Military Computer Forensic Technology This technology focuses on evaluating and in-depth examination of data related to both Trans and Post Cyber attack periods. CFX-2000 came to be as a result of the partnership between the U.S Department of Defence (DoD) and the National Institute of Justice via the auspices of the National Law Enforcement and Correction Technology Centre (NLECTC). Most computer forensic examinations are usually carried out after the crime/event has been committed. But with CFX-2000, it is possible to accurately determine the intent, motive, target, sophistication, identity and location of Cyber criminals by deploying an integrated analysis frame work. Forensic tools involved in CFX-2000 consisted of commercial off the shelf software and directorate-sponsored R&D prototype. Law Enforcement and Business Computer Forensic Tool AnaDisk Anadisk turns your PC into a sophisticated diskette analysis tool. The software was originally created to meet the needs of the U. S. Treasury Department in 1991. It is primarily used to
identify data storage anomalies on floppy diskettes. AnaDisk can be used to analyze floppy diskettes when doing work which involves abnormal floppy diskettes or data storage issues tied to floppy diskettes. However standard duplication of floppy diskettes is more easily accomplished with NTI's COPYQM. USES: It is used for security reviews of floppy diskettes for storage anomalies. It is used for editing diskette at a physical sector level. It searches data on floppy diskettes in traditional and non-traditional storage areas. It is also used to illustrate data hiding techniques CRCMD5 DATA VALIDATION TOOL This program mathematically creates a unique signature for the contents of one, multiple or all files on a given storage device. Such signatures can be used to identify whether or not the contents of one or more computer files have changed. The program is also used to document that computer evidence has not been altered or modified during computer evidence processing USES: It is used to identify files that have changed or have been altered. It is used to benchmark operating system files on a new computer system before distribution to computer users. It is used to quickly identify altered files after a computer incident.
It is used in computer investigations to prove that the evidence remains unchanged after forensic processing. SAFEBACK 3.0 SafeBack is used to create mirror-image (bit-stream) backup files of hard disks or to make a mirror-image copy of an entire hard disk drive or partition. The process is analogous to photography and the creation of a photo negative. Once the photo negative has been made several exact reproductions can be made of the original. SafeBack is an industry standard selfauthenticating computer forensics tool that is used to create evidence grade backups of hard drives USES: Used to create evidence grade backups of hard disk drives on Intel based computer systems. Used to exactly restore archived SafeBack images to another computer hard disk drive of equal or larger storage capacity. Used as an evidence preservation tool in law enforcement and civil litigation matters. Used as an intelligence gathering tool by military agencies.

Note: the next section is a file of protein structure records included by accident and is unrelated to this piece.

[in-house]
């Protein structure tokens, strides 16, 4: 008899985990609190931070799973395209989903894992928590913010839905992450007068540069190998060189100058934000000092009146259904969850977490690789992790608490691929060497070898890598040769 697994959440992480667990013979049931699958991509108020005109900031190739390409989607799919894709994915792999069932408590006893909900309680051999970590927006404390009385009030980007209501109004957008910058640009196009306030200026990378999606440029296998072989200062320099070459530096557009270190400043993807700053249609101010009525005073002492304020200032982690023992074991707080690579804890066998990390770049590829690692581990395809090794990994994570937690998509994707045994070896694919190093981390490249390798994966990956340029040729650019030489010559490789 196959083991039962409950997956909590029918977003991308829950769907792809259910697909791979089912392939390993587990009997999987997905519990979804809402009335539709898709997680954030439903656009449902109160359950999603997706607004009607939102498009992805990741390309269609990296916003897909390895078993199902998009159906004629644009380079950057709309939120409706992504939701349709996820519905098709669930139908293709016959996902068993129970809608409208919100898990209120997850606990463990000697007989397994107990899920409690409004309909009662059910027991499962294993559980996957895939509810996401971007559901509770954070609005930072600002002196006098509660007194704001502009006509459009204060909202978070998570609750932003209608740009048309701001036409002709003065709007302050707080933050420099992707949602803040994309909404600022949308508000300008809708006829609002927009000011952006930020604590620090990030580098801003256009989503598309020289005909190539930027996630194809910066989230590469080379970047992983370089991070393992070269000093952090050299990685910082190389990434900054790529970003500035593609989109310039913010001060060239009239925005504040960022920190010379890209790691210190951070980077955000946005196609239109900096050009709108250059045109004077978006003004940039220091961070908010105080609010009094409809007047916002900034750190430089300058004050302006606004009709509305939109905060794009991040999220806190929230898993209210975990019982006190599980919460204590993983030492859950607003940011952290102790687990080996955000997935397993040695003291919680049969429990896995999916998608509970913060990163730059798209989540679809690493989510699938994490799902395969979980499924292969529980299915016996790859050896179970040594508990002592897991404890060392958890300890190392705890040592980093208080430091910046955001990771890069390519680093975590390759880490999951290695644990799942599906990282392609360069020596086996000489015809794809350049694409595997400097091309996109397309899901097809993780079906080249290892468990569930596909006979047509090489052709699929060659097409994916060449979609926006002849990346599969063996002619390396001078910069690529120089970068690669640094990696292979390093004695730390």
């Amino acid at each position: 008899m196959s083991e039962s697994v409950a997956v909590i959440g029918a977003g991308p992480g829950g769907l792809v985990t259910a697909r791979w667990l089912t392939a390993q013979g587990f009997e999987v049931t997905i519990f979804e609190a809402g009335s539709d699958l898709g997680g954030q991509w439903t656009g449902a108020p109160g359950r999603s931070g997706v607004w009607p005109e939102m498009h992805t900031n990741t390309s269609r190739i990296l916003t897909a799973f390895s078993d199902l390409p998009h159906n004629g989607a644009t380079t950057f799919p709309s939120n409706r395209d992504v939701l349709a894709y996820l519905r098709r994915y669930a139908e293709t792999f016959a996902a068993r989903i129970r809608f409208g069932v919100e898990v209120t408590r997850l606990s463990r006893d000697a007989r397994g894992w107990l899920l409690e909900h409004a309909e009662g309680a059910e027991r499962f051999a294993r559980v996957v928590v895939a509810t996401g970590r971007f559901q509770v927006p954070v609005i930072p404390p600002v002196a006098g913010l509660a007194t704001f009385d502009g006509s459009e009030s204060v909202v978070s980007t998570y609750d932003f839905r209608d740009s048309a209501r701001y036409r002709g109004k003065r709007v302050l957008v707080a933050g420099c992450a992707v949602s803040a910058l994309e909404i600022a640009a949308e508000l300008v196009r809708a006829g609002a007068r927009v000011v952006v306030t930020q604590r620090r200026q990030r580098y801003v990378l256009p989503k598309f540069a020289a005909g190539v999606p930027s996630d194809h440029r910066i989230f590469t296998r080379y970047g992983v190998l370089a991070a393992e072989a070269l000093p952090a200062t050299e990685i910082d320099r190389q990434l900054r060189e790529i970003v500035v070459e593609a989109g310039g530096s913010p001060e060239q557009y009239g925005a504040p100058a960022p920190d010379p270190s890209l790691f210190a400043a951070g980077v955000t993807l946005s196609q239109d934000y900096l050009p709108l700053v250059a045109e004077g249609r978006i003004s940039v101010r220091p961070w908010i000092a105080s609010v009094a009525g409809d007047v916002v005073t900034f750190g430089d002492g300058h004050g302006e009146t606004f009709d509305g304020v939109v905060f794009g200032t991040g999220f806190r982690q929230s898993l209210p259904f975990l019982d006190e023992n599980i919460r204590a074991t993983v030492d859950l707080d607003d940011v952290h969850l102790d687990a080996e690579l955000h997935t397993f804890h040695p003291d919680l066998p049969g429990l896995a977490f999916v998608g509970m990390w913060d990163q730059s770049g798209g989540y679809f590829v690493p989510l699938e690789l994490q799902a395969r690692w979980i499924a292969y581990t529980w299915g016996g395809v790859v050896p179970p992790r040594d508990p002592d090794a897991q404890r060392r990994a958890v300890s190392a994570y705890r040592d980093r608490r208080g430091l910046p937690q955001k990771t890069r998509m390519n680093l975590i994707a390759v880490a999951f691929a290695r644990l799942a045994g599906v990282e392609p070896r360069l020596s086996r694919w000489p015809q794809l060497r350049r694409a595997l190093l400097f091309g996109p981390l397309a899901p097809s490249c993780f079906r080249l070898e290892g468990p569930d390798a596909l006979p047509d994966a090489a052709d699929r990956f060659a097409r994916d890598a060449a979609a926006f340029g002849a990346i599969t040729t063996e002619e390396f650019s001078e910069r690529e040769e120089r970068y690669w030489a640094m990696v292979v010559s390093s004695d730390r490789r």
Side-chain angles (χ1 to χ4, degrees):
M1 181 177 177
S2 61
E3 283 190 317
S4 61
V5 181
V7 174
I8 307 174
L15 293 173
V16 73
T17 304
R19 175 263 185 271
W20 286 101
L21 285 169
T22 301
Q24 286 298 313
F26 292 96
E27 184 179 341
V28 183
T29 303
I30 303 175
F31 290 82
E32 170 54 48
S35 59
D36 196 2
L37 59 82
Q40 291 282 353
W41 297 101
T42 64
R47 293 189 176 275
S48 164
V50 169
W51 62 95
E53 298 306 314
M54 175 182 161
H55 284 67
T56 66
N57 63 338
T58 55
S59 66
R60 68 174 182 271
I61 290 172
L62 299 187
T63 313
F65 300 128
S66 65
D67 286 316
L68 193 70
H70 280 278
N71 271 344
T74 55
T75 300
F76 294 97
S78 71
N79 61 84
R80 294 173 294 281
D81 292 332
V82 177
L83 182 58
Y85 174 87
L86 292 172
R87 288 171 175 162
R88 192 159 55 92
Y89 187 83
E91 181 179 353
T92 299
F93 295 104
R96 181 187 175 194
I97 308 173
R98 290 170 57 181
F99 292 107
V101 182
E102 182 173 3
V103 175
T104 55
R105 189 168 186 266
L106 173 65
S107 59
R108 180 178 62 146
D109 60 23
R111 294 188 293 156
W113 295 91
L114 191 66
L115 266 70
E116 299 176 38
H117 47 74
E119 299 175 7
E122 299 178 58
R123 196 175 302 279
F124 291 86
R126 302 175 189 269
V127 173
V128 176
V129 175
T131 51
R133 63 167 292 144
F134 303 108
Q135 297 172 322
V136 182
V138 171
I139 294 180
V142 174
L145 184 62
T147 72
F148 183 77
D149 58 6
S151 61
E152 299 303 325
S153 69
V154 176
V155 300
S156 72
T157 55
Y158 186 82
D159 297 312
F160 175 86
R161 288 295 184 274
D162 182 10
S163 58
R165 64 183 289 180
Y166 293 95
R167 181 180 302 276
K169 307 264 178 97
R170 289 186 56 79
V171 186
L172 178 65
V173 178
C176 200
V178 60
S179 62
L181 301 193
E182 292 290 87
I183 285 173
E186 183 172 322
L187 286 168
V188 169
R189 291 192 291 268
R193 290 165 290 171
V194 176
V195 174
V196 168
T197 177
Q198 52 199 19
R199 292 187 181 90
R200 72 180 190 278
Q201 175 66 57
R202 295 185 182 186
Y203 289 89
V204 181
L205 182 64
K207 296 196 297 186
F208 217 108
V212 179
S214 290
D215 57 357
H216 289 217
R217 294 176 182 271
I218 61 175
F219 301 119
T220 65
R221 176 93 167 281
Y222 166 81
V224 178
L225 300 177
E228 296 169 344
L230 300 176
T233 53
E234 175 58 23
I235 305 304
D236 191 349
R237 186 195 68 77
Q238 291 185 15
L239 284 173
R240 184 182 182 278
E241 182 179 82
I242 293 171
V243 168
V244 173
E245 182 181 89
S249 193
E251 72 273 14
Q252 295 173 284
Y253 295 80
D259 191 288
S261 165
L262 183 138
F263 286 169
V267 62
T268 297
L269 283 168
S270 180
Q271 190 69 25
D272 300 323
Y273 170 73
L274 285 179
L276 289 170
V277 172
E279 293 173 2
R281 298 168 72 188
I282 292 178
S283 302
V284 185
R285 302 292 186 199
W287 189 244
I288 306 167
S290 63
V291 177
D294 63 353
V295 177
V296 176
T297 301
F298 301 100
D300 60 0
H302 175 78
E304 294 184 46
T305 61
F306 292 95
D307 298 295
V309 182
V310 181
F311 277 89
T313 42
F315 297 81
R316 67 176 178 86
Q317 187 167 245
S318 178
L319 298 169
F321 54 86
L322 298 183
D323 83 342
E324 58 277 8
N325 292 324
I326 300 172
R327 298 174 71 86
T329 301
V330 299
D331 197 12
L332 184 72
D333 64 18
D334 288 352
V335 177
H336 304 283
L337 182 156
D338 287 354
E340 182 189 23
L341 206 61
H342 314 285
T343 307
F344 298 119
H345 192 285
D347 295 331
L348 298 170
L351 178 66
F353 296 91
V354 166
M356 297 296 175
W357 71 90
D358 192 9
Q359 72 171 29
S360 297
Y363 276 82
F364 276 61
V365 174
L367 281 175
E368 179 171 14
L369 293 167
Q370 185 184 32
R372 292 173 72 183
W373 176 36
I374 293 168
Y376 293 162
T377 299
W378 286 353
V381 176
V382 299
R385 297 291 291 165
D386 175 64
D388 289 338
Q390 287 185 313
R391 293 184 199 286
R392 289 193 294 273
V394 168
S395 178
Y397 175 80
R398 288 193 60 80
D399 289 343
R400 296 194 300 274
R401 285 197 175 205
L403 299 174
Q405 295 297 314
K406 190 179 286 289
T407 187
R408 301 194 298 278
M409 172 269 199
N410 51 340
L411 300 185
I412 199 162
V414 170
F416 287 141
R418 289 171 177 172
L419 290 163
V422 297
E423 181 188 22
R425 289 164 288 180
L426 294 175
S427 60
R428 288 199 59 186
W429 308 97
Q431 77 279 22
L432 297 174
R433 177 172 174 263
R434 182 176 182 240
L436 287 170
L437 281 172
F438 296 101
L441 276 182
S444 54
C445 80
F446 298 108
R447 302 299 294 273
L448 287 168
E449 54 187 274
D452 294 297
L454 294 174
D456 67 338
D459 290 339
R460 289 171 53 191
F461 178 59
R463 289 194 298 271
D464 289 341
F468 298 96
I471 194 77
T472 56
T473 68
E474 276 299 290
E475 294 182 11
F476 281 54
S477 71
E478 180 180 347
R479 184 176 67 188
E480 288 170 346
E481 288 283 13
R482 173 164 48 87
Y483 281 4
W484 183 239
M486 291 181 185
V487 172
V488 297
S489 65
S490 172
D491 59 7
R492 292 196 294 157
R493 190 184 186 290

GETGIF GetGIF software is a computer forensics software tool which was designed to automatically extract exact copies of GIF graphics file images from ambient data sources
GetGiF can be of assistance in investigations involving the distribution of child pornography and in identity theft cases involving the use of GIF graphics files. USES: It is used to find evidence in corporate, civil and criminal investigations which involve GIF computer graphics files, e.g., investigations which potentially involve child pornography and/or inappropriate Internet web browsing in a corporate or government setting. Also used with other computer forensic software to quickly reconstruct and view previously deleted GIF graphics files stored on computer storage media. It is used to quickly identify and view GIF image files stored anywhere on a computer hard disk drive when used with NTI's SafeBack evidence grade backup software. It is used effectively in computer investigations involving the distribution of child pornography and identity theft when GIF graphics files are involved. Used "after-the-fact" to determine what files may have been viewed over or downloaded from the Internet. (http://www.forensics-intl.com/getgif.html)
GRAPHIC IMAGE FILE EXTRACTOR Graphics Image File Extractor is a computer forensics software tool which was designed to automatically extract exact copies of graphics file images from ambient data sources
Graphics File Extractor software can be used to quickly sample the Windows Swap/Page File and help the computer forensics investigator in making a quick determination about possible past Internet computer usage tied to a specific computer. USES It is used to find evidence in corporate, civil and criminal investigations which involve computer graphics files, e.g., investigations which potentially involve child pornography and/or inappropriate Internet web browsing in a corporate or government setting. Used with other computer forensic software to quickly reconstruct and view previously deleted BMP, GIF and JPEG graphics files stored on computer storage media. Used to quickly identify and view BMP, GIF and JPEG image files stored anywhere on a computer hard disk drive when used with NTI's SafeBack evidence grade backup software and Firehand Embers. Used effectively in computer investigations involving the distribution of child pornography and identity theft. Used very effectively in the recovery of deleted graphics files from computer hard disk drives and/or digital flash memory chips. (http://www.forensics-intl.com/iextract.html)